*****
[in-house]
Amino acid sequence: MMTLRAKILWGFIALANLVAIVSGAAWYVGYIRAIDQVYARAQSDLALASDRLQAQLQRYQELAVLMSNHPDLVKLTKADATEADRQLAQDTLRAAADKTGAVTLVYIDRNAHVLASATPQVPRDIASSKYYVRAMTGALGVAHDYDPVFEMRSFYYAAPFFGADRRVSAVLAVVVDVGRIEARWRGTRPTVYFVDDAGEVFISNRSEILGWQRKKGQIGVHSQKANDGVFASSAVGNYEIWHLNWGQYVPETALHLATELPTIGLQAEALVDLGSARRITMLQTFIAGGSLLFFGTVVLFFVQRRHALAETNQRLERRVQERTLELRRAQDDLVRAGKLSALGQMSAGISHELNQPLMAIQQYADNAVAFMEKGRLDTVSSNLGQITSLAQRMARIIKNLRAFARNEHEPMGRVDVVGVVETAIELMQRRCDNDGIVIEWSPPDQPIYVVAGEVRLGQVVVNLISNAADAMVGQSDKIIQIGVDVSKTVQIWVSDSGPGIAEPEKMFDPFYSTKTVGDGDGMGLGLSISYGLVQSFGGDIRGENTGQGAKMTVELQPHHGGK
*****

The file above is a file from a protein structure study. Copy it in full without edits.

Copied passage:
[in-house]
Amino acid sequence: MMTLRAKILWGFIALANLVAIVSGAAWYVGYIRAIDQVYARAQSDLALASDRLQAQLQRYQELAVLMSNHPDLVKLTKADATEADRQLAQDTLRAAADKTGAVTLVYIDRNAHVLASATPQVPRDIASSKYYVRAMTGALGVAHDYDPVFEMRSFYYAAPFFGADRRVSAVLAVVVDVGRIEARWRGTRPTVYFVDDAGEVFISNRSEILGWQRKKGQIGVHSQKANDGVFASSAVGNYEIWHLNWGQYVPETALHLATELPTIGLQAEALVDLGSARRITMLQTFIAGGSLLFFGTVVLFFVQRRHALAETNQRLERRVQERTLELRRAQDDLVRAGKLSALGQMSAGISHELNQPLMAIQQYADNAVAFMEKGRLDTVSSNLGQITSLAQRMARIIKNLRAFARNEHEPMGRVDVVGVVETAIELMQRRCDNDGIVIEWSPPDQPIYVVAGEVRLGQVVVNLISNAADAMVGQSDKIIQIGVDVSKTVQIWVSDSGPGIAEPEKMFDPFYSTKTVGDGDGMGLGLSISYGLVQSFGGDIRGENTGQGAKMTVELQPHHGGK